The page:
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|Various models have been proposed of the human and animal mind||The unified efforts of those working on understanding the mind has been dubbed "cognitive science"|
|The models vary by their purpose|
|Psychology / sociology||Understanding humans and animals in toto|
|Engineering psychology||Models are built to predict performance characteristics of humans in various circumstances|
|Cognitive science||How does the human and animal minds work? Empirical, computer science and model emphasis.|
|Artificial intelligence||"Let's make machines intelligent."|
|Coarse-Grain Mind Model of Intelligent Systems|
|Sensation||What comes in through the senses - "raw information" (processed data)|
|Perception||Includes interpretation and decisions about the sensory data|
|Interpretation||Interpret the perceptual data in context with knowledge and experience|
|Decision||Interpretation, decision making and planning are often intermixed. A simplification includes an initial decision between interpretation and planning, the decision to act.|
|Planning||The (mental and physical) act of deciding future actions|
|Action||The execution of a decision/plan|
|Goals||It is generally considered necesssary to model all cognitive agents as having goals; without goals comparisons between choices cannot be made and decisions become random.|
|Memory||Memory is "everywhere" in a mind. Various memories serve various purposes. Nobody knows how the human memory works as a whole. The most important ones for us are Long-Term memory and Short-Term/Working memory.|
|TAKEN ABSTRACTLY||All these concepts can be applied to firms, institutions, organizations and even countries!|
|Perception of Environmental Change|
|Perception of the mean||Requires collecting data over time.|
|Perception of proportions||Requires comparing options of different sizes. Fairly important.|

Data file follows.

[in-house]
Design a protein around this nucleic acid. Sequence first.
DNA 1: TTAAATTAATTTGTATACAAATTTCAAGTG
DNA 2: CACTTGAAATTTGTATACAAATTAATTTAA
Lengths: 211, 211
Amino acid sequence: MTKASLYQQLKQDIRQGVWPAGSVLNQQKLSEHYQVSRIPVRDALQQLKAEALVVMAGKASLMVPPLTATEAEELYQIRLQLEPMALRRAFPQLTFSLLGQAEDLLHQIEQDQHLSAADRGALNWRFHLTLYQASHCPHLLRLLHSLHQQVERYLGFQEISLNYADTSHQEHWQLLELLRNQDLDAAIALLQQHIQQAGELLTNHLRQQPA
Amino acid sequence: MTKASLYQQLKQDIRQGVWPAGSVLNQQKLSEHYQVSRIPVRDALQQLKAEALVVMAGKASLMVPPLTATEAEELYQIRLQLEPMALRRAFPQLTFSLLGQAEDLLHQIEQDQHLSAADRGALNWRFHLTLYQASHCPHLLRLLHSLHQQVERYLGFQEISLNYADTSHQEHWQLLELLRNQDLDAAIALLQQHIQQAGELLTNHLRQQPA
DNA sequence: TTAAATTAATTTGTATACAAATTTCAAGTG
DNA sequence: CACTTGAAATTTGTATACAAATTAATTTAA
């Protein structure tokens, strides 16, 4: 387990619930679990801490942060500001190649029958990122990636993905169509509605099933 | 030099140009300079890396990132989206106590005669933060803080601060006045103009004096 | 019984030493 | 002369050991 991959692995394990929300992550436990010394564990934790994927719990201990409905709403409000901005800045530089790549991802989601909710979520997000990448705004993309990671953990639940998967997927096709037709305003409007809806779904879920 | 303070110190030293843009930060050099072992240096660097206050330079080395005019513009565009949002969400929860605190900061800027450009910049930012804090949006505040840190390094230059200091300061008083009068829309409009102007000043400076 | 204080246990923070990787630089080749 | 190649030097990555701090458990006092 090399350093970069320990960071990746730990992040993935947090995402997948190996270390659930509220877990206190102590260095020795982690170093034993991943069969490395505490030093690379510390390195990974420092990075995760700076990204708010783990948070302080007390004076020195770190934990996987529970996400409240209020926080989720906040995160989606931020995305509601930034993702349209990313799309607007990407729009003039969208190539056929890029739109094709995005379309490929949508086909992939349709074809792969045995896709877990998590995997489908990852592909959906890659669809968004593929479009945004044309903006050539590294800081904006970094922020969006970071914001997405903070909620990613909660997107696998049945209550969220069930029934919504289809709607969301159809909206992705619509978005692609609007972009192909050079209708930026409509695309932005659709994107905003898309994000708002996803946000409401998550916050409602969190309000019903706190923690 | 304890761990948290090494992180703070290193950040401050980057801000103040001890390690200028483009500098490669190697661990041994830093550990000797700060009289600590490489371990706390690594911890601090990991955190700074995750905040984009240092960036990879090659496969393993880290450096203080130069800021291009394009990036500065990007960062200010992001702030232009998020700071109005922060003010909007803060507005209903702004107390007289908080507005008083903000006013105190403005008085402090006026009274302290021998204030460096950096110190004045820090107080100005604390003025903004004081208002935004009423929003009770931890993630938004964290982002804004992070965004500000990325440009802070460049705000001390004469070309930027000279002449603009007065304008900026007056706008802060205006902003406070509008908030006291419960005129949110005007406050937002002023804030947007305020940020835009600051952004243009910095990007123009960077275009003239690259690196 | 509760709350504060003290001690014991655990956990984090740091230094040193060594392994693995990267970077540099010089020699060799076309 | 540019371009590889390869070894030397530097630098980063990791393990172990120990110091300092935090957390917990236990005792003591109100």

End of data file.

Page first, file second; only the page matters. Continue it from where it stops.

|Perception of growth||Requires extrapolation and prediction. Very important when modeling corporations but less so for individuals.|
A always follows B; whenever B occurs, C and D will follow, in that order.
Single A->B sequencing can be useful in business ("If I raise my price in condtion X, I will sell more").
A always changes more than B under the influence of C, except under circumstances D.
Correlation between A and B: whenever A changes, B changes too.
There is no correlation without causation - something is causing the correlation (obviously). (However, the causation can be complex and not betwen A and B.)
Correlation does not imply causation. (B does not have to cause A and A does not have to cause B.)
Rather complex to implement but is important for mind models if the agents are to make predictions.
One can uncover causal chains (A affects B affects C, which explains why C is like C is) by observing repeated behavioral patterns of events.
It is generally considered rather complex to uncover causal structures through perception and knowledge.
Making an inference based on statistics.
Could be useful as an approximation to causal structure. Necessary for modeling correlational structure.
|Important Issues for Individuals|
|Risk-taking||Individuals take more risks when they owe money than when they own money.|
|Perception of growth||Both individuals and groups are more conservative than they should be in light of exponential curves.|
|Limited number of hypotheses||Only 4-5 hypotheses at a time. Important for learning.|
|Negative evidence/hypotheses||A bias towards being ignored.|
|Architecture: Coordination hierarchies|
|Models of mind (and markets)||It's all a question of architecture|
|Questions to ask when creating architectures||
|Coordination hierachies: The human and animal minds are probably ... ?|